ALUMNUS BESTOWS ENDOWED CHAIR FOR ADDICTIONS RESEARCH
“Nothing would make me happier than to see IU become an international leader in the treatment of a disease that has been so pervasively misunderstood,” explains David H. Naus (B.A. ‘77). And with his $1.5 million gift to establish the Naus Family Chair in Psychological and Brain Sciences, an endowed chair for a researcher in the field of substance use disorders and addiction, he puts such an aspiration that much more in reach.
Building upon the formidable strengths of the department in this area, the gift enhances the impact of university-wide efforts to address the addictions crisis: a $50 million commitment to the Grand Challenge initiative “Responding to the Addictions Crisis.” The program applies university resources on a grand scale and in partnership with the State of Indiana to reduce, prevent and treat addictions.
“Dave reached out soon after we announced the addictions Grand Challenge with an extraordinary offer to add his support for this vital work,” said Fred Cate, IU vice president for research. “Dave’s generosity emboldens our commitment and expands our capacity to fight the opioid epidemic and other addictions today and prevent similar crises in the future.”
“We are grateful to David Naus for this generous gift, which will advance our ability to address addictions in Indiana and beyond,” said IU Bloomington Provost and Executive Vice President Lauren Robel. “Our pre-eminent Department of Psychological and Brain Sciences is home to the oldest continuing psychology laboratory in America, where IU’s world-class researchers continue to break new ground. Addiction is one of our state’s and nation’s greatest challenges, and David Naus’ gift will provide critical support for our efforts to tackle this growing problem.”
Naus earned his bachelor’s degree in psychology and economics from IU in 1977 and an MBA degree from Harvard University in 1981. He has since pursued a thriving career in commercial real estate investment, ownership and management. He formed a real estate investment firm, Denver-based Equity West Investment Partners, in 2003 after serving as executive vice president of real estate investments for Equity Office Properties in Chicago, which was then the nation’s largest owner of office real estate. In the fall, Naus was recognized by the Department of Psychological and Brain Sciences with its Distinguished Alumni Award, which acknowledges major achievements and success of the department’s alumni.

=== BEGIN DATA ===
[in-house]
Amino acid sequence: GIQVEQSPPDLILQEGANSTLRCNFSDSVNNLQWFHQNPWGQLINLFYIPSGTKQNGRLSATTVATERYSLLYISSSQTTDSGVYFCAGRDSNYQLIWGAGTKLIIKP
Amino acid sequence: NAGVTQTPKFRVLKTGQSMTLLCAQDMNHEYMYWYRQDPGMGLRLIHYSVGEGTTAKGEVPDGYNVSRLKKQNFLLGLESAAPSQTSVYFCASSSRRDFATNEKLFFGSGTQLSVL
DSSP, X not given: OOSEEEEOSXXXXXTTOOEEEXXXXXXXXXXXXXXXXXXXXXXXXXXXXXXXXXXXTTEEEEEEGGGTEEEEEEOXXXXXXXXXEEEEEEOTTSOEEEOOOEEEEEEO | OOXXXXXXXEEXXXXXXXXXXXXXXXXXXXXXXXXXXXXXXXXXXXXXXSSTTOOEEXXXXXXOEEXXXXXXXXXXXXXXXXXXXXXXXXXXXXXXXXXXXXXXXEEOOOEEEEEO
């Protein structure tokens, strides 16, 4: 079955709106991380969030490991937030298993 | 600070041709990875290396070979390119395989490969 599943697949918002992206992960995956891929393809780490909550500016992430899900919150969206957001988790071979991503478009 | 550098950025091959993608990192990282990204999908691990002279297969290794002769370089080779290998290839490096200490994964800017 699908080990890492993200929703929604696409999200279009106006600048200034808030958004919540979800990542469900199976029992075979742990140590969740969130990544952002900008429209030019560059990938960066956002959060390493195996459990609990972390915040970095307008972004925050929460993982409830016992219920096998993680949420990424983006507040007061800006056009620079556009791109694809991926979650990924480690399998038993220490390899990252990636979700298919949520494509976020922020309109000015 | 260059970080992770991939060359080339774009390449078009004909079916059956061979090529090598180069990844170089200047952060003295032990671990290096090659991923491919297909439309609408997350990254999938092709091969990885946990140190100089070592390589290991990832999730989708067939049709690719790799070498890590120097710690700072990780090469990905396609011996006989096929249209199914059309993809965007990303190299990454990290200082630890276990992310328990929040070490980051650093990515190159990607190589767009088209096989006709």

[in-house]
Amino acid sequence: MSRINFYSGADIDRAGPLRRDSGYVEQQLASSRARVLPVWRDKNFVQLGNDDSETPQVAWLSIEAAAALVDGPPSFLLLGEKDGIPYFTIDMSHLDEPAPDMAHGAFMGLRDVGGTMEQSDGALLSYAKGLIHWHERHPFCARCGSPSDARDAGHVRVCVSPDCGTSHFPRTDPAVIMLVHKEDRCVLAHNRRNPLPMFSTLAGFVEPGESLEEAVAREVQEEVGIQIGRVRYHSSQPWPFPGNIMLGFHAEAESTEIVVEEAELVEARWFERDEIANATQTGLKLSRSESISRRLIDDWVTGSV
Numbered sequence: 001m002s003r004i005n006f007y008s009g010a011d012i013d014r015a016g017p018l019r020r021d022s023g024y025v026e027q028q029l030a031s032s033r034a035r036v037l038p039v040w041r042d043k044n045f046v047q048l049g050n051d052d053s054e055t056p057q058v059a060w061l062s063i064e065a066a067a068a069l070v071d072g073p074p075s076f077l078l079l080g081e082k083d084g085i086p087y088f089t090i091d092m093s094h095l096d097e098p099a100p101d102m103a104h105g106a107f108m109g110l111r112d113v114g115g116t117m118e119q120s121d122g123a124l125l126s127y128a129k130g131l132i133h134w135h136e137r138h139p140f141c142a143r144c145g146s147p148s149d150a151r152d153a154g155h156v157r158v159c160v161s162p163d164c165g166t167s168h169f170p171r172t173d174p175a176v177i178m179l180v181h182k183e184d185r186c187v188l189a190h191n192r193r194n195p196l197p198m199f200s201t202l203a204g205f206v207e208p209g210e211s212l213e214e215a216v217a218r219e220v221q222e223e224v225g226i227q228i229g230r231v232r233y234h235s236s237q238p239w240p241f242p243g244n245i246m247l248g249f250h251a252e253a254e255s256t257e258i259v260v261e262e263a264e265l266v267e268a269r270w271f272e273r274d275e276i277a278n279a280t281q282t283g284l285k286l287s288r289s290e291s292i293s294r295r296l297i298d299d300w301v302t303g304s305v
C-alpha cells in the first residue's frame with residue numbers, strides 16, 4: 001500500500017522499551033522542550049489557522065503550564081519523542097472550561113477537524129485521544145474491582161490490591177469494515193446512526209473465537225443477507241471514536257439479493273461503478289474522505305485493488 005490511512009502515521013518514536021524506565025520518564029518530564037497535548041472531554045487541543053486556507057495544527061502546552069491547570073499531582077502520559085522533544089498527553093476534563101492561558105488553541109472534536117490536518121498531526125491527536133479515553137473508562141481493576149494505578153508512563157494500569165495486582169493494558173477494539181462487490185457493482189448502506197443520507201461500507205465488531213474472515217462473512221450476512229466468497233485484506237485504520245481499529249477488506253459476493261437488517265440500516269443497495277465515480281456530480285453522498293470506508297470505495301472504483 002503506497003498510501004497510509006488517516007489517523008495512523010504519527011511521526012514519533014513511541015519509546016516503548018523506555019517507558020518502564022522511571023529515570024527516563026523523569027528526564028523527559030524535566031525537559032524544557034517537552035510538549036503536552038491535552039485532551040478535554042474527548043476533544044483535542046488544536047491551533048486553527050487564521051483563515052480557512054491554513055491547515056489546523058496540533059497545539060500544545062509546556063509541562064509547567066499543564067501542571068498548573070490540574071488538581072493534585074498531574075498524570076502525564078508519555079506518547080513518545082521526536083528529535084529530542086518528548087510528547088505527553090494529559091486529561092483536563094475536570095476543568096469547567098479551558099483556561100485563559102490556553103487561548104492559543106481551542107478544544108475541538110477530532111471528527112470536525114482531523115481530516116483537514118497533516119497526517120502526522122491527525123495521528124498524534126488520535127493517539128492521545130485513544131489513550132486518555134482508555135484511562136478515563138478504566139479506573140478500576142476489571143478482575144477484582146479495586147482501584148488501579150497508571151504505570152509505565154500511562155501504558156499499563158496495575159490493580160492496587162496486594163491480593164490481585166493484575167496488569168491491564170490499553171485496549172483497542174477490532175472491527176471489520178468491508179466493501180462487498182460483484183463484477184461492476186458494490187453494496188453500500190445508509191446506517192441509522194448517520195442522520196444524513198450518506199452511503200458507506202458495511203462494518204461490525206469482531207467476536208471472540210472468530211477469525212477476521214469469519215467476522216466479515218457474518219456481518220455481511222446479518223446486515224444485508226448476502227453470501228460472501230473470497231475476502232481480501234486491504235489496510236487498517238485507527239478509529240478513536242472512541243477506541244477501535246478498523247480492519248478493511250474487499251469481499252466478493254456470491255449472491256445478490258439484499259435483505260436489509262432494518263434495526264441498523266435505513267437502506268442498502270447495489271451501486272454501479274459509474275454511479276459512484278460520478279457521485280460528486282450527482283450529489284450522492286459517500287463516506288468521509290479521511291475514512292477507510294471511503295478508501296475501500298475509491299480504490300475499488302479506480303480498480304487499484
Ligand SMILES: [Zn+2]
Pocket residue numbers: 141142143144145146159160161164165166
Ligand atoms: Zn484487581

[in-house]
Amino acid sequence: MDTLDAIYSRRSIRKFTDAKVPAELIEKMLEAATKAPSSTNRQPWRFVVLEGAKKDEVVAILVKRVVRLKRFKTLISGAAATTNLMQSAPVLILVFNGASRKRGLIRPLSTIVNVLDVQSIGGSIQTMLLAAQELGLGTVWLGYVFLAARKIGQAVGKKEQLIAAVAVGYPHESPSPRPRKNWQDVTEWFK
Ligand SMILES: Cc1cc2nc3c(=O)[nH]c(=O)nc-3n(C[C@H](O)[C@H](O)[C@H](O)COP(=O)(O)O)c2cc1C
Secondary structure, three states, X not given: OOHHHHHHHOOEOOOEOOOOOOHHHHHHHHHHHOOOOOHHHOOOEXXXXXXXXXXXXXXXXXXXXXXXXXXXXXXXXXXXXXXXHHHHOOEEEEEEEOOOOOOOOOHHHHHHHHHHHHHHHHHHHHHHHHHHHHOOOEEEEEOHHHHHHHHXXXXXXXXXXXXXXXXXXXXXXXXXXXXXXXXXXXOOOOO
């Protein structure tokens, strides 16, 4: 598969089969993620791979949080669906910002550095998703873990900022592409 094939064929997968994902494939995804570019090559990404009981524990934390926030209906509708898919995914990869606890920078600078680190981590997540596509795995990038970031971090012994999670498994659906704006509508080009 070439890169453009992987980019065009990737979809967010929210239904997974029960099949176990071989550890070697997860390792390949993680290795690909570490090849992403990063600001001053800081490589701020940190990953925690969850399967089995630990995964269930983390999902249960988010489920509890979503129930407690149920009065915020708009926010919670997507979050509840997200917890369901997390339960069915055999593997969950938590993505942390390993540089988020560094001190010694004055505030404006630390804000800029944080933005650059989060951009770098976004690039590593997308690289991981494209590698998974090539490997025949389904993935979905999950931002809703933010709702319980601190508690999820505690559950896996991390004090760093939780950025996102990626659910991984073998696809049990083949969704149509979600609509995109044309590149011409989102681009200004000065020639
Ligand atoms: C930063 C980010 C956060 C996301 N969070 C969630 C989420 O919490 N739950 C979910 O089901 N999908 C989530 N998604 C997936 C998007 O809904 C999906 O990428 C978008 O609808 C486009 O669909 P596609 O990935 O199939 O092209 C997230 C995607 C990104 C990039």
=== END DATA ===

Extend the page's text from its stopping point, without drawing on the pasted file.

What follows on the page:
“Addiction is such a highly misunderstood and pervasive disease, I felt compelled to act,” Naus said. “Addiction is a family disease -- it often emanates from a family disorder, and it is a disorder that then affects everyone in the family. It only made sense to leave a legacy in a family name; I am fortunate it is mine. I couldn’t be more proud of IU and the Department of Psychological and Brain Sciences for taking the lead on this extraordinarily vital societal issue.”
“Mr. Naus’ gift will truly improve the lives of countless individuals in Indiana and beyond,” said College of Arts and Sciences Executive Dean Larry Singell. “This chair is a visionary creation, and its endowment comes at an all-too-urgent time. We are deeply thankful for Mr. Naus’ generosity, and for the lasting impact on the public health addictions crisis that his generosity will have.”
The gift will initially be used to recruit to the Department of Psychological and Brain Sciences a new faculty member with a record of exceptional addiction-related research and teaching, as well as a demonstrated ability to attract robust external funding. As a philanthropic legacy for the Naus family at Indiana University -- including Naus’ adult children, Nick, Christie and Charlie, as well as his brother, Jim, and sister, Nancy -- it furthers one of the university’s most critical missions at this time: to combat addictions and offer national leadership on a pressing need.
“Dave stands as a particular inspiration among our alumni,” said William Hetrick, chair of the Department of Psychological and Brain Sciences. “We are honored and humbled by his immensely generous gift, which gives us an invaluable new opportunity to advance the science of addiction. It has been, moreover, a real pleasure to discover the great affinity Dave has for the work being done in our department. Psychology for Dave has been a lifelong intellectual passion, and his commitment to unraveling the tangled web of issues -- both scientific and sociological -- that has led to the current addictions crisis reflects a genuine wish to alleviate one of the most widespread and intransigent sources of human suffering.”